Scale RulesPromotional Rules
Since people frequently needed length measures for everyday activities, American companies realized in the late 19th century that rulers could be effective giveaways for promoting their businesses. Some of these were based on a design patented by Henry Adler, an inventor who manufactured iron and sheet metal products in Pittsburgh, so this page also includes three of the four patent models for scale rules found in the mathematics collections. (The fourth is shown on the page for triangular rules.) Since the promotional rules and patent models were often combination instruments—putting length measures together with paper cutters, protractors, and the like—these objects are included in this category.
"Scale Rules - Promotional Rules" showing 1 items.
- This yellow-coated tin combination rule and paper cutter has a 9" scale divided to eighths of an inch along one long edge. The other long edge is shaped into a tube, which may serve as a handle while cutting paper. The rule is marked: Compliments (/) of HORLICK'S FOOD Co (/) RACINE, WIS. It is also marked: HORLICK'S FOOD (/) IS THE BEST DIET (/) for INFANTS (/) and INVALIDS (/) &c. Advertising text also appears around the tube, including the information that 18 ounces of the product cost 75¢. The back of the rule is marked: SOMERS BROS. BROOKLYN, N.Y. Compare to MA*293320.2814.
- William Horlick (1846–1936) and his brother, James, emigrated from England in 1869 and settled in Racine, Wis. In 1872 the men moved to Chicago, where they established Horlick's Food Company before moving the firm back to Racine in 1876. They worked on dried milk powders, leading to William's patent for the first malted milk powder in 1883. This product is the one advertised on this object, for use as a baby formula and to provide easily-digestible nutrition to nursing mothers, people with stomach problems, and the like.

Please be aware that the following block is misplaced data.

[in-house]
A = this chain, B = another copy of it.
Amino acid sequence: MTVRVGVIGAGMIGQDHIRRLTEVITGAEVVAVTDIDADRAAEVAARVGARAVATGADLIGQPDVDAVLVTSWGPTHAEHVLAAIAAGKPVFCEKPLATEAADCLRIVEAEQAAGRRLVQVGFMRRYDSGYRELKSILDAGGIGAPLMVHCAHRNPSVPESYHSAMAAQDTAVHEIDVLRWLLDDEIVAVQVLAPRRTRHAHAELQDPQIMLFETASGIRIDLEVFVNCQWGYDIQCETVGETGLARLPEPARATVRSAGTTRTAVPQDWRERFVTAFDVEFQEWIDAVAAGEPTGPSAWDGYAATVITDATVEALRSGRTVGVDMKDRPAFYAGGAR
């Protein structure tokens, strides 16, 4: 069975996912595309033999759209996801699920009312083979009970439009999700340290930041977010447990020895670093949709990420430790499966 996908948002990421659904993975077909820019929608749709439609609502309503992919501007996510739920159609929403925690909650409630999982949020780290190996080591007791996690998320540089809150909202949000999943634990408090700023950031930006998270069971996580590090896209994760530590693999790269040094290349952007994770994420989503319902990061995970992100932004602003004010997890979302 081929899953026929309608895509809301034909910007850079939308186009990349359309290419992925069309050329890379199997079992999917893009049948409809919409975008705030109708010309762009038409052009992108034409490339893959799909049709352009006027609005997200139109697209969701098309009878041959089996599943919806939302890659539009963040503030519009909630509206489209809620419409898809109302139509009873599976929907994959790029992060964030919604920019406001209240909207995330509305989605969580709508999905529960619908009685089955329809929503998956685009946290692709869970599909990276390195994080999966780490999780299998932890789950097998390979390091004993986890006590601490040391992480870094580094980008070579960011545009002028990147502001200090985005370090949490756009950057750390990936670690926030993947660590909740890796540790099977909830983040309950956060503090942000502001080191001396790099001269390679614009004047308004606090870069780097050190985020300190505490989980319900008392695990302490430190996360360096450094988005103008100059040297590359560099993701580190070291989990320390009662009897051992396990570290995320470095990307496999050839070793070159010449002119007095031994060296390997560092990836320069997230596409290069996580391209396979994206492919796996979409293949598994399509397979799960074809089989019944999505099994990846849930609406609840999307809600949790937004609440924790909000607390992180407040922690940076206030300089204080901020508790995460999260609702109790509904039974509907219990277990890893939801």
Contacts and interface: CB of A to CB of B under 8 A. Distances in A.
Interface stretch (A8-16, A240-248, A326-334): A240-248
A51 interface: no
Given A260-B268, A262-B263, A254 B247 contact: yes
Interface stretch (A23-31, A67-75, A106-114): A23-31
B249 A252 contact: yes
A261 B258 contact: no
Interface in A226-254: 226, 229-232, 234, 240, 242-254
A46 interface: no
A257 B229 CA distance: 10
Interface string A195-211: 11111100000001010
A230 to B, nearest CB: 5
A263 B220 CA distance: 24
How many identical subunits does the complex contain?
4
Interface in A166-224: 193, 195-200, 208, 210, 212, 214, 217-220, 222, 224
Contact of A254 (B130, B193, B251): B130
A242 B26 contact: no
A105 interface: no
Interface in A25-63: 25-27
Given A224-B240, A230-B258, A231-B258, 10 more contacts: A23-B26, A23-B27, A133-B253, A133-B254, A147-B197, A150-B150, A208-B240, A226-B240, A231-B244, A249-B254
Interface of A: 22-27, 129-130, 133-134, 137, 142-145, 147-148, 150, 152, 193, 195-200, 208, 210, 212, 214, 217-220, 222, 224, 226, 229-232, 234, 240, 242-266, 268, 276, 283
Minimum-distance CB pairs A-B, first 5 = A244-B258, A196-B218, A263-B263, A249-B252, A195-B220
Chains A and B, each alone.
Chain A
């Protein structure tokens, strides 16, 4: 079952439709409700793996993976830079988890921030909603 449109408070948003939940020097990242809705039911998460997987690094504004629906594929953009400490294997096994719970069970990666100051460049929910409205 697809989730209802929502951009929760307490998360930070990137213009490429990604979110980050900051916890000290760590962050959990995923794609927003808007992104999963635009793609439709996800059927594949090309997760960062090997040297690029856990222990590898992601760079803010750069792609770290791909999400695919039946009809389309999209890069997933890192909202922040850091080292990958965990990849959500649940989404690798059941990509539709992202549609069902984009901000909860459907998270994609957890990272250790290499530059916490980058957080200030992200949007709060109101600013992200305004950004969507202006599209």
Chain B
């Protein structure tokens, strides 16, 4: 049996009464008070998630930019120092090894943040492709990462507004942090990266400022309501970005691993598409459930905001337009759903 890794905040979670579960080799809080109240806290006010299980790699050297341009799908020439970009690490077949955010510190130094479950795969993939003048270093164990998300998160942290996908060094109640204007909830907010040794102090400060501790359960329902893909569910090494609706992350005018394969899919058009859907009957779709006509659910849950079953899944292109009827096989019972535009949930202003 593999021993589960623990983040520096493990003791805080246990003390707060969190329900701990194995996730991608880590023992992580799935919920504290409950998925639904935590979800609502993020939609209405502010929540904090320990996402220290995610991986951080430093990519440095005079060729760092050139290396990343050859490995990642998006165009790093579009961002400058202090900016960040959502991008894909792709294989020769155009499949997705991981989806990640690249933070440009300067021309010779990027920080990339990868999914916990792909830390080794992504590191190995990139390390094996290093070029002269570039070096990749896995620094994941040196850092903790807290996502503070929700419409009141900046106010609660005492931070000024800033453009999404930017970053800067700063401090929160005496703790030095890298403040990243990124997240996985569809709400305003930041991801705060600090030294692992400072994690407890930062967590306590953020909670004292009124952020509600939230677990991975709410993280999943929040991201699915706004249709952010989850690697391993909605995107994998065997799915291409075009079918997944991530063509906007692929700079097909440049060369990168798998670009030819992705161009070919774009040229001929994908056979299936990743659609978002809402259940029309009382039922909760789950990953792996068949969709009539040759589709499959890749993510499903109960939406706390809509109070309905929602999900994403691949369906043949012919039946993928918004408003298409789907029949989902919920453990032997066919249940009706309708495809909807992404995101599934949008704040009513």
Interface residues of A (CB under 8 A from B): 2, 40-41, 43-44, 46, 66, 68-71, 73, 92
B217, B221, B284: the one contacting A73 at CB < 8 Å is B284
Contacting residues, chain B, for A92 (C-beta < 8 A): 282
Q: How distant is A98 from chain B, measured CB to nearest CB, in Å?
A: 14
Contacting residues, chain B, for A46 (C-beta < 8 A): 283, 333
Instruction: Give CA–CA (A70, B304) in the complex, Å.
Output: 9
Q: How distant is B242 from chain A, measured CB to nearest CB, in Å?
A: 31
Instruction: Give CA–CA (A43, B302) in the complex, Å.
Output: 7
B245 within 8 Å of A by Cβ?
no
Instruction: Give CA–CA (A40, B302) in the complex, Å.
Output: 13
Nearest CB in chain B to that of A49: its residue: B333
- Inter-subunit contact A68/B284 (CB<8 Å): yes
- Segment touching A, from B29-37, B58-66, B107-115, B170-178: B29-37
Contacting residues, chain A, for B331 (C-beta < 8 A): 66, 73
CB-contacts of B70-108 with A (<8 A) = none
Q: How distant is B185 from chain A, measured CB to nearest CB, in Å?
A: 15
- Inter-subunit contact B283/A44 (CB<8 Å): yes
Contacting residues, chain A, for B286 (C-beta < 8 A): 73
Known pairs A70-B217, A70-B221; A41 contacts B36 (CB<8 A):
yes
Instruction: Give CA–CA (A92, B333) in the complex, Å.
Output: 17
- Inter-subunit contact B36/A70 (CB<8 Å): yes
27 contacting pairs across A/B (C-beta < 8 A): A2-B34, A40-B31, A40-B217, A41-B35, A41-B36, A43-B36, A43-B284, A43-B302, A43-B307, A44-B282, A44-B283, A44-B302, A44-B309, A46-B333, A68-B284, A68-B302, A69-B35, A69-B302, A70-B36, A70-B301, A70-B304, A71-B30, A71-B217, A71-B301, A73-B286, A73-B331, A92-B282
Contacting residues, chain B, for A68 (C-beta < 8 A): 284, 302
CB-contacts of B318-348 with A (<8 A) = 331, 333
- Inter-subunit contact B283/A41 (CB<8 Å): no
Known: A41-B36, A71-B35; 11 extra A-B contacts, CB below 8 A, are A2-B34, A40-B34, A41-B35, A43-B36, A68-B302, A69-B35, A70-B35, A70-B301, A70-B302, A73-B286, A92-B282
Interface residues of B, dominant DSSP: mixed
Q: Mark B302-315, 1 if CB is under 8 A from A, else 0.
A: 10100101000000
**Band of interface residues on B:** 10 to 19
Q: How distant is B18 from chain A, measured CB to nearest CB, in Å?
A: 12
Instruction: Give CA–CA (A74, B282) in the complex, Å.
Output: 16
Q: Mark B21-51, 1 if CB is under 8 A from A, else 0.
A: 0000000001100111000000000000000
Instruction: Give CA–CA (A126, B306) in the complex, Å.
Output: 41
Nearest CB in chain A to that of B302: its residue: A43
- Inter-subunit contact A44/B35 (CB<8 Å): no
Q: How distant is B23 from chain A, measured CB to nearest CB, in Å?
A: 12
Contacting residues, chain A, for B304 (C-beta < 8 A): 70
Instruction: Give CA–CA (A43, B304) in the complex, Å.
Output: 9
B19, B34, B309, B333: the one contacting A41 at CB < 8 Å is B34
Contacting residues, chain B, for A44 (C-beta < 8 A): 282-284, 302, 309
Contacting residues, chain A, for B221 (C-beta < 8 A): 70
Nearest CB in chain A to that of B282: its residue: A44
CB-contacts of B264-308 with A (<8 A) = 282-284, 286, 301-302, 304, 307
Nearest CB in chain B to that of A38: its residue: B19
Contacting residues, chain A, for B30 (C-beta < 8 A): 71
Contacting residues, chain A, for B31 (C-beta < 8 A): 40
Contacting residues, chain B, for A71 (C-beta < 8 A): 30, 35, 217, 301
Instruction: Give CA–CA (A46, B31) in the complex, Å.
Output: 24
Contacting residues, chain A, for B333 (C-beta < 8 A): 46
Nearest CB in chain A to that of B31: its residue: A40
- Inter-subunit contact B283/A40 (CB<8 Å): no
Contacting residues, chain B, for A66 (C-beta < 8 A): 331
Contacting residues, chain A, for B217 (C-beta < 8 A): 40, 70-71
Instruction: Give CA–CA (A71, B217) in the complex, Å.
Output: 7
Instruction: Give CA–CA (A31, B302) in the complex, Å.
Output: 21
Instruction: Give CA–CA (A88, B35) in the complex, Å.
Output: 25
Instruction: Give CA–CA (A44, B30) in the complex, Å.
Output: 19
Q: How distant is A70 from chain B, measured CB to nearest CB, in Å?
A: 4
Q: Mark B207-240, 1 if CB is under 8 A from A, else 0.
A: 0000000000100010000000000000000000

- Joseph L. and Guy A. Somers began manufacturing tin products in Brooklyn, N.Y., in 1862. When a third brother, Daniel McLean, joined the firm in 1869, the business was renamed Somers Bros. It became known for lithographing designs onto tinware. In 1901 American Can Company took over the firm's operations. A three-acre factory building constructed in 1884 still stands. Richard S. Thain of Oak Park, Ill., patented the design for this combination ruler and paper cutter in 1885.
- References: James Horlick and William Horlick, "Improvement in Concentrated Extracts for Food" (U.S. Patent 163,493 issued May 18, 1875); William Horlick, "Granulated Food for Infants and Process of Preparing the Same" (U.S. Patent 278,967 issued June 5, 1883); Wisconsin Historical Society, "'That's Meat and Drink to Me': Wisconsin's Malted Milk Story," 1996–2004, http://www.wisconsinhistory.org/museum/exhibits/horlicks/; Oak Clearing Farm and Museum, "Racine Time Line: Tid-Bits of History 1699–1899," 2000, http://www.racinehistory.com/timeline.htm; "Somers, Joseph L.," National Cyclopaedia of American Biography (New York: James T. White and Company, 1922), xviii:85; "Daniel McL. Somers Dead," New York Times, August 30, 1912.
- Currently not on view
- date made
- Horlicks Corporation
- Somers Brothers
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- accession number
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- Data Source
- National Museum of American History, Kenneth E. Behring Center